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Why patient insight is critical to improve patient outcomes

Better patient outcomes by understanding the whole patient, means better business

By Jennifer Strassburger

Pharmaceutical companies are failing to meet patient demands for closer involvement in the development of their healthcare, and they’re missing a major opportunity.

According to our thought piece The Patient Gap, one in two patients wish pharmaceutical companies knew more about their lives. And one in three would like to engage further with them.1

Yet when we asked marketing leaders in healthcare to list the seven biggest challenges they faced, not one cited ‘gaining meaningful patient insight’ as a priority.2

This highlights a clear gap between the opportunity to collect more patient insight and the insight being collected by the industry in reality.

On top of this, just 21% of leading healthcare marketers agreed they are effectively using patient insight to innovate. And only 15% believed the patient insights they collected were relevant to their business.3

No wonder only 6% of patients strongly agree that pharma companies are on their side.4

An incomplete picture comes at a price

 

Historically, pharmaceutical companies have focussed on treating the disease versus understanding the whole person battling the disease. And so relegated the introduction of patient needs and insights downstream to the drug commercialization phase.

But the effectiveness of any drug is reliant on patients accurately following instructions. And when they don’t, clinical efficacy is reduced.

According to one recent survey, 50% of people diagnosed with glaucoma were found to be risking blindness by not adhering to their regime 75% of the time. And the reason for the poor adherence? The eye drops are difficult to administer.5

On top of the obvious impact on the patient, poor adherence costs the payer, society, and the pharmaceutical company that manufactured the drug.

In the US, hospital admissions due to poor regime adherence alone are estimated to cost $100bn a year.6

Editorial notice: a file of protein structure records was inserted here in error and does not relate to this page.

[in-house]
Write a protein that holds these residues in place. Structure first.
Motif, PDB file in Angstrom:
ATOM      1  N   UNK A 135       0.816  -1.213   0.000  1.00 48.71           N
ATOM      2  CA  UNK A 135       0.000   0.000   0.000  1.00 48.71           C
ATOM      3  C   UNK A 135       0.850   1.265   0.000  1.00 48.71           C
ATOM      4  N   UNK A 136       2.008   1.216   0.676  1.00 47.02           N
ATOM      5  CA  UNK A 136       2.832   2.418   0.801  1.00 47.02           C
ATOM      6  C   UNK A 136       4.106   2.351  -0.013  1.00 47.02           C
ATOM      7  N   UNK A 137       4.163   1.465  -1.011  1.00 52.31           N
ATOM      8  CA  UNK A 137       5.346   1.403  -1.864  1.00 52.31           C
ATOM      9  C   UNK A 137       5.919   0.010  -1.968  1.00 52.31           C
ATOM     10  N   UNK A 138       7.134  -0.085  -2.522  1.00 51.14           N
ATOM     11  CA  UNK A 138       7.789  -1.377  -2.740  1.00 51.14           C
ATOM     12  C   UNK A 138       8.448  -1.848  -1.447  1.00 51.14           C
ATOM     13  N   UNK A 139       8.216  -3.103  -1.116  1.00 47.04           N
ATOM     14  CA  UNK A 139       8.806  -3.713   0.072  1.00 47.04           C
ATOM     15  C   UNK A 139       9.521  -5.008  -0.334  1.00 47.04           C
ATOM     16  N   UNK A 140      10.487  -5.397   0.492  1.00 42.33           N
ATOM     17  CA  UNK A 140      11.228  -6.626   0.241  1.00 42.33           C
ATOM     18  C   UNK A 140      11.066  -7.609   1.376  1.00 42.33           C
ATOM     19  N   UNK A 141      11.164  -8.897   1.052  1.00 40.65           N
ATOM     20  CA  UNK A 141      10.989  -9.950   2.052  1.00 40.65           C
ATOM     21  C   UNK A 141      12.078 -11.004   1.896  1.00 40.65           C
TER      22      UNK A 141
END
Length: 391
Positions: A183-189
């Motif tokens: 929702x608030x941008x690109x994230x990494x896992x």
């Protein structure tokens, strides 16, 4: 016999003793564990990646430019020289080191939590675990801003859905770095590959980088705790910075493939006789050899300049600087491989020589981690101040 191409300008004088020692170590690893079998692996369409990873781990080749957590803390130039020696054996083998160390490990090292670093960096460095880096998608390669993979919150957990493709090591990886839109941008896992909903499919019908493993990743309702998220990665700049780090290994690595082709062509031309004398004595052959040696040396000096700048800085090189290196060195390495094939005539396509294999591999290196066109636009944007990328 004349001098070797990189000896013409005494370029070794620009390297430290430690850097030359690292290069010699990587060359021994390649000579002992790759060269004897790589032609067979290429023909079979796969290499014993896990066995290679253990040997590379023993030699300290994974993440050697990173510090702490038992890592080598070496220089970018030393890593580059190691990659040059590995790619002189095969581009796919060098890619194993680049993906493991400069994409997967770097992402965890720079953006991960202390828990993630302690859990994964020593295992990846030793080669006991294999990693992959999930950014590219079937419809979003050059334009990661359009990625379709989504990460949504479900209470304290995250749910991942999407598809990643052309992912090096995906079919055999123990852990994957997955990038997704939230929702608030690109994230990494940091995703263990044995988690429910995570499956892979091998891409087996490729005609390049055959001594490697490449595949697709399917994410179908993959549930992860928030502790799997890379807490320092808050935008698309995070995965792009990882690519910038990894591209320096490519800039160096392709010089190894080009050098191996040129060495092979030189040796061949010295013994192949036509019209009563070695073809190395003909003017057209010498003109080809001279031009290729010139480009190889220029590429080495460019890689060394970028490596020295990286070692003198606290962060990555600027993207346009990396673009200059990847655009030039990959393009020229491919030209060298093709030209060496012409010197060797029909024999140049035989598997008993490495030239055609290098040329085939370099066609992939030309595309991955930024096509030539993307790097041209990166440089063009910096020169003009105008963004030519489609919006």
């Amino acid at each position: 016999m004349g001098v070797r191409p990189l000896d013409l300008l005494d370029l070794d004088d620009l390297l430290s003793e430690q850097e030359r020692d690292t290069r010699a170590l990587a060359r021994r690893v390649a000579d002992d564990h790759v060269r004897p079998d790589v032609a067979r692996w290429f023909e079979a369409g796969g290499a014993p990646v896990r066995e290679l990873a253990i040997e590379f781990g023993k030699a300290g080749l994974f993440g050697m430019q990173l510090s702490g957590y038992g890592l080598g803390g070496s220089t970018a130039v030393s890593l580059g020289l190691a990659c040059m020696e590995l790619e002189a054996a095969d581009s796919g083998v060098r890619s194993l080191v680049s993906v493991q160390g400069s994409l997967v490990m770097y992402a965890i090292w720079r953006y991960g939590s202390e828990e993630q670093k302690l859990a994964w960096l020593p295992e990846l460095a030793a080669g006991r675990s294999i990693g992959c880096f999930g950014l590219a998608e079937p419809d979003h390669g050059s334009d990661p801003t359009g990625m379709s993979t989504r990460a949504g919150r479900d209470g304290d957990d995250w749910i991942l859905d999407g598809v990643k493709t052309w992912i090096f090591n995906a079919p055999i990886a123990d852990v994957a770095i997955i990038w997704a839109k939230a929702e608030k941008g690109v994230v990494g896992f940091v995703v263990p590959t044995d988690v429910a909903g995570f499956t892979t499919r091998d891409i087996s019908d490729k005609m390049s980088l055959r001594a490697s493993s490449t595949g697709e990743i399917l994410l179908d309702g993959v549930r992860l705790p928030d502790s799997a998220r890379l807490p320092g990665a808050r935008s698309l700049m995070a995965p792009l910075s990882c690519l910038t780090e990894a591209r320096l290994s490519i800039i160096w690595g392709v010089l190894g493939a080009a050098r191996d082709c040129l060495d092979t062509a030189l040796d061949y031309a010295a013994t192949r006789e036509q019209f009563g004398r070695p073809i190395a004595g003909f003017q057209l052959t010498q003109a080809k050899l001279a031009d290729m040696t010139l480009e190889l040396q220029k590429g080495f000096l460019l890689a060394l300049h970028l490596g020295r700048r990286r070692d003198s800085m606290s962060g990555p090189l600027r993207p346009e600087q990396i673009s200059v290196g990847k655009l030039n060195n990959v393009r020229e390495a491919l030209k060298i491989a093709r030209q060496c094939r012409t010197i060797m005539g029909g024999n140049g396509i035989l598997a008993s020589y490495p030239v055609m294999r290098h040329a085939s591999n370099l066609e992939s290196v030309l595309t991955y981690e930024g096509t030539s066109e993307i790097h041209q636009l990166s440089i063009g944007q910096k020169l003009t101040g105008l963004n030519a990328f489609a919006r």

So the message is clear: the potential rewards of bridging this ‘patient gap’ are significant.

How to bridge the patient gap

 

The patient gap exists because pharmaceutical companies don’t fully understand how their drugs fit into patients’ lives.

Pharmaceutical companies must prioritise patient insight to get a better understanding of the preferences, lives and cultural contexts of their patients. This will help them to identify the factors that influence patient behaviour and enable them to develop therapies accordingly.

Companies should consider ways to involve patients throughout the R&D journey. This provides the opportunity to change a planned treatment regime before it’s too late.

They should also look further afield for their insight, using a wide range of sources. Friends, family, employers and carers can give a wider understanding of the impact an illness has on the patient and the difficulties they have in following the treatment regime.

There is a wide toolkit of insight methodologies to employ to gather this insight including ethnography, storytelling and behavioural sciences. These help to deepen the understanding of the patient’s life and flag some of the unconscious difficulties they may be experiencing.

And finally, any insight collected needs feed into end-to-end patient experience design. The focus needs to be on the patient’s entire life, not just the two to three times a day the patient takes the drug.

By capturing the right insight and feeding it into the way healthcare regimes are designed, pharmaceutical companies can increase the efficacy of treatments, reduce costs and improve the lives of patients.

In this way, patient insight will deliver business value for those pharmaceutical companies ready to listen.

Sources:

1, 4. Clear- The Patient Survey - Nov 2014

2, 3. Clear - Cost of Change Study - USA 2013

5. Okeke CO, Quigley HA, Jampel HD, Ying GS, Plyer RJ, Jiang, et al. Adherence with Topical Glaucoma Medication Monitored Electronically.

6. Osterberg and Blascke, Adherence in Medication, 2005

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